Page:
[button color=”black” size=”big” link=”http://affiliates.abebooks.com/c/99844/77798/2029?u=http%3A%2F%2Fwww.abebooks.com%2Fservlet%2FSearchResults%3Fisbn%3D9780062237415″ target=”blank” ]Purchase here[/button]
The sixteenth Discworld novel introduces us to a new heroine: Susan Sto-Helit, granddaughter of death by way of death’s adopted daughter Ysabell and his one-time apprentice, Mort. She has been sent to a girl’s boarding school in Quirm (a cultured city not far from Ankh-Morpork) where, at age 16, she doesn’t understand why she sometimes remembers the future and can become invisible at will.
Then Death goes out on one of his periodic depressions, trying to erase the memory of taking the lives of Mort and Ysabell in a terrible carriage crash. And Susan, who has been carefully raised NOT to know that Death is her grandfather or even to believe in such a person, suddenly finds herself thrust into the role of Death Himself. All in all things are going surprisingly well until she comes face to face with a boy who is about to die, and realizes that she is destined to have a future with him.
The boy is a druidic bard named Imp y Celyn (which turns out, when you get down to brass tacks, to be a paper-thin cover for Buddy Holly). Beautiful as an elf, sensitive and sweet-natured, and extremely talented, he has made the fatal mistake of swearing that he will be the most famous musician who ever lived. The gods do not take kindly to hubris, you know.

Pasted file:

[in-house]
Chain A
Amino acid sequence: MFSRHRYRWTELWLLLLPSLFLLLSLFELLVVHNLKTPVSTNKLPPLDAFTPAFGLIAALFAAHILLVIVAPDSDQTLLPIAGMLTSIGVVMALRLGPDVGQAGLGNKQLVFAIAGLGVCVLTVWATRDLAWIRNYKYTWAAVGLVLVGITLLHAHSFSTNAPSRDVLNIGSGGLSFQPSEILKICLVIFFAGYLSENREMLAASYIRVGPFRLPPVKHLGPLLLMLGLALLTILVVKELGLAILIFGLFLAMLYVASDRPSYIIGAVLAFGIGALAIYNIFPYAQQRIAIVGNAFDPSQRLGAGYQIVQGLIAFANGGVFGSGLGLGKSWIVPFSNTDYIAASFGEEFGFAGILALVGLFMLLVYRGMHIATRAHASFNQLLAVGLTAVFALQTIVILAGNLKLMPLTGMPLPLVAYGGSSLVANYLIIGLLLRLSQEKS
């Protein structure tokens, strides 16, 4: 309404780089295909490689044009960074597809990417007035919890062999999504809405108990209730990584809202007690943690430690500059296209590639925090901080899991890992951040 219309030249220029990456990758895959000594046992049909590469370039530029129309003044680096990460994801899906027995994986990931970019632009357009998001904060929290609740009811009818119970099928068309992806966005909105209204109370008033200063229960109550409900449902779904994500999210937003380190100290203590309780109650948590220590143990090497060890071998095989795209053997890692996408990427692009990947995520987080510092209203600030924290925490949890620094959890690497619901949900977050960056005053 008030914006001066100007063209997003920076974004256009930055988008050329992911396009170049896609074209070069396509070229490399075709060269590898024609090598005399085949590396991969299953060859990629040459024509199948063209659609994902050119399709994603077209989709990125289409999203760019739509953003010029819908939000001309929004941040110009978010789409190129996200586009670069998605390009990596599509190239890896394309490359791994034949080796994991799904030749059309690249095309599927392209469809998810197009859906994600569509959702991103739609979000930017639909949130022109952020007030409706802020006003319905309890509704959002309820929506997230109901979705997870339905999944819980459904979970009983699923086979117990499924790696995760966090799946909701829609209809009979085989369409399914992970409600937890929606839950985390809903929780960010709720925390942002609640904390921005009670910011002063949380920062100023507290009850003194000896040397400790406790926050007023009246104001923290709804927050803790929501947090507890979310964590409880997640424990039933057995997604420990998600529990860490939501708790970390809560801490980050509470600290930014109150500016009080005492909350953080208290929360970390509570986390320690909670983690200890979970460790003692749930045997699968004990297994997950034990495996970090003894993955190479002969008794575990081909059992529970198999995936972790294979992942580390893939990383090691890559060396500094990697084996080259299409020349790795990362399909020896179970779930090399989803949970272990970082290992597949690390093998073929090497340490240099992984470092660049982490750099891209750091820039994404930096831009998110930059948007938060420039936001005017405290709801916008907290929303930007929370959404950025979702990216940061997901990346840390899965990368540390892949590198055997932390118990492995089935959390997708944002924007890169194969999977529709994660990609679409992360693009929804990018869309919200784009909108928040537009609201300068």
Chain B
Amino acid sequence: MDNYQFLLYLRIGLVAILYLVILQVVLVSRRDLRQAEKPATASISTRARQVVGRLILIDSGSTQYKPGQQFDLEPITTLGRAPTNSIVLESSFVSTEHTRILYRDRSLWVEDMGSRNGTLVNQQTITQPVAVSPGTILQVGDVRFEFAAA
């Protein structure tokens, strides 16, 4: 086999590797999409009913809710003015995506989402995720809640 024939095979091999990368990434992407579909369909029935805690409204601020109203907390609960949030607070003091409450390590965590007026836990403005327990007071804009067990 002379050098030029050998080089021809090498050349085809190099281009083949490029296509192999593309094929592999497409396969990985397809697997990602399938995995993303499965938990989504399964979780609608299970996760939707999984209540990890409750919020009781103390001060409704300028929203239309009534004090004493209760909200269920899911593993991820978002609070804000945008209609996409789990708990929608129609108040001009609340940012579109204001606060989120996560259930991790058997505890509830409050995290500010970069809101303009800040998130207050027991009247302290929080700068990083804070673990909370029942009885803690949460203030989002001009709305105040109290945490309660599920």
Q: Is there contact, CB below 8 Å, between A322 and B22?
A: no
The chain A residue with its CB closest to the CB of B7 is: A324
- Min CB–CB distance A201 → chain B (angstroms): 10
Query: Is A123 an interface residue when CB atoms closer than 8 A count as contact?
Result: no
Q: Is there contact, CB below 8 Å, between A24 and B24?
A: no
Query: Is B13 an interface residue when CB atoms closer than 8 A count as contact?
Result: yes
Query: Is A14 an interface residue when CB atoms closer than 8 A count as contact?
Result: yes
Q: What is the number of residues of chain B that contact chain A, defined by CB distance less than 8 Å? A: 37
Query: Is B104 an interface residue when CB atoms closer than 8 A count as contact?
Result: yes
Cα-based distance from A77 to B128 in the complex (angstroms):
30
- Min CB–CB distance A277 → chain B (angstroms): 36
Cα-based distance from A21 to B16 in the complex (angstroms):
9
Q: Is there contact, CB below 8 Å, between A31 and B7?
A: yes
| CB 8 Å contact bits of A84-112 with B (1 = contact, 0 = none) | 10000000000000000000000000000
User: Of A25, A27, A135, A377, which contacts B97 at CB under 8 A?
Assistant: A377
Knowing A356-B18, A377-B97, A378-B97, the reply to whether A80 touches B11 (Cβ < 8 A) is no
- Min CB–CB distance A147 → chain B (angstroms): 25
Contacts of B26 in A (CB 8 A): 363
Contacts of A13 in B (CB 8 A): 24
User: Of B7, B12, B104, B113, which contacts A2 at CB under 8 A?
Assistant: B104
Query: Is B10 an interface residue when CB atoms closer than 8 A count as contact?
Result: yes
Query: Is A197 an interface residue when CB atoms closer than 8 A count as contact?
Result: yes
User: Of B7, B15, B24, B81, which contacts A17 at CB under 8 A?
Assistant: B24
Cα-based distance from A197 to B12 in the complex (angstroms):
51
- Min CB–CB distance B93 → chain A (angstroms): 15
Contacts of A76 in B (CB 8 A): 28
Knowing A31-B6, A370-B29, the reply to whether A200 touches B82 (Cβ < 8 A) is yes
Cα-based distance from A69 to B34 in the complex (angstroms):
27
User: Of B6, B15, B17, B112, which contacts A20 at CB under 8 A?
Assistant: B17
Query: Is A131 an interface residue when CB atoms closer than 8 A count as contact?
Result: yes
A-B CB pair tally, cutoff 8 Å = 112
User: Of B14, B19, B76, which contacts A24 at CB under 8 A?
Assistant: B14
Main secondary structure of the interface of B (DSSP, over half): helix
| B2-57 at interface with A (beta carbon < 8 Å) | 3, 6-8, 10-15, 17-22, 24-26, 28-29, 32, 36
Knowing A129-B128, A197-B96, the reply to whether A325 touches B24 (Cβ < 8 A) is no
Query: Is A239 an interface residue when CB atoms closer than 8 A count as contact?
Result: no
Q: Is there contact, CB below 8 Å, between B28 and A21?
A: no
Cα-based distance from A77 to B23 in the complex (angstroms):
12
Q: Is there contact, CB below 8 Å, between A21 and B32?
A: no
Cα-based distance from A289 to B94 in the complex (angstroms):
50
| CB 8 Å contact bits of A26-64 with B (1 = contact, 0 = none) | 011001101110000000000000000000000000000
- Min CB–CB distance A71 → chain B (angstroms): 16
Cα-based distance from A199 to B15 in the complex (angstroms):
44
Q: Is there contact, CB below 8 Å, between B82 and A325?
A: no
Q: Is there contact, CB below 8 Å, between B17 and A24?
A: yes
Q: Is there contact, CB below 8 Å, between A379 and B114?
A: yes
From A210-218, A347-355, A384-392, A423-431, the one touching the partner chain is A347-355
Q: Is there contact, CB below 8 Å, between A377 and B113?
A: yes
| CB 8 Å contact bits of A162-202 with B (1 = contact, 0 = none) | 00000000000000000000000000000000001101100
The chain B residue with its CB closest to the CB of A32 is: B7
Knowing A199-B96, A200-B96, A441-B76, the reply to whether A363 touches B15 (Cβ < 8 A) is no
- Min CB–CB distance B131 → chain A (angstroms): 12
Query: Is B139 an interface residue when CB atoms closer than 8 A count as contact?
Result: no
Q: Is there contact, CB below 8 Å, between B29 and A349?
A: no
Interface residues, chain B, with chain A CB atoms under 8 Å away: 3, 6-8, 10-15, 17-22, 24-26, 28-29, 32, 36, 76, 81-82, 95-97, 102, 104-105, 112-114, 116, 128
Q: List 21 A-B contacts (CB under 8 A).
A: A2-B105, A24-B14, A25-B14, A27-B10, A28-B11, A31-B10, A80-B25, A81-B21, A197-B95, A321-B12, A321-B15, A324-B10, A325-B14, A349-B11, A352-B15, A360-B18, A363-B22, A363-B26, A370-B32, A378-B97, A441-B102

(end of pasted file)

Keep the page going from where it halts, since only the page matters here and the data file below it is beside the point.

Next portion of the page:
Running away from his homeland, Imp/Buddy comes to Ankh-Morpork to make a name for himself, falls in with a dwarf horn player named Glod and a troll drummer named Cliff, and soon they’re struggling to get started in a Guild economy which makes it prohibitively expensive to join the Guild and impossible to earn money by playing music without joining the Guild (unless you want parts of your body stomped on), so you can see their problem.
A magical guitar comes along–well, not magical exactly, but the sort of guitar that plays the guitarist–and the next thing you know, the instrument possesses Imp/Buddy and leads his band on a madcap musical chase surrounded by screaming fans, a greedy talent agent named C.M.O. . Dibbler, a murderously vindictive Guild of Musicians, and a girl Death who wants to save Imp/Buddy from death (and worse than death), but doesn’t know exactly how or why. Along the way she is helped or hindered by Albert, Death’s manservant; the Death of Rats and his talking raven steed; Ridcully and his silly wizard faculty at U.U.; and other strokes of luck.
Meanwhile, Death (Sr.) tries various methods of forgetfulness, including joining a wacky Foreign Legion where everyone is trying to forget (with absurd levels of success), drinking himself silly at the Mended Drum, and joining the company of hobos like Foul Old Ron.
Other old favorites show up, like Sgt. Colon and Cpl. Nobbs of the City Watch. And as this is the Discworld story in which the magic of Rock’n’Roll plays out (somewhat along the lines of the magic of Hollywood in Moving Pictures) you can expect a lot of music industry in-jokes, from take-offs on song titles and band names to merciless portraits of human folly at every level and on all sides of the stage. Heck, there’s even a motorcycle in there somewhere. But what will probably keep you turning the pages, more than anything else, is the romantic suspense (though a bit twisted from its usual format): does the girl save the boy in time? And will they live happily ever after?
Recommended Age: 14+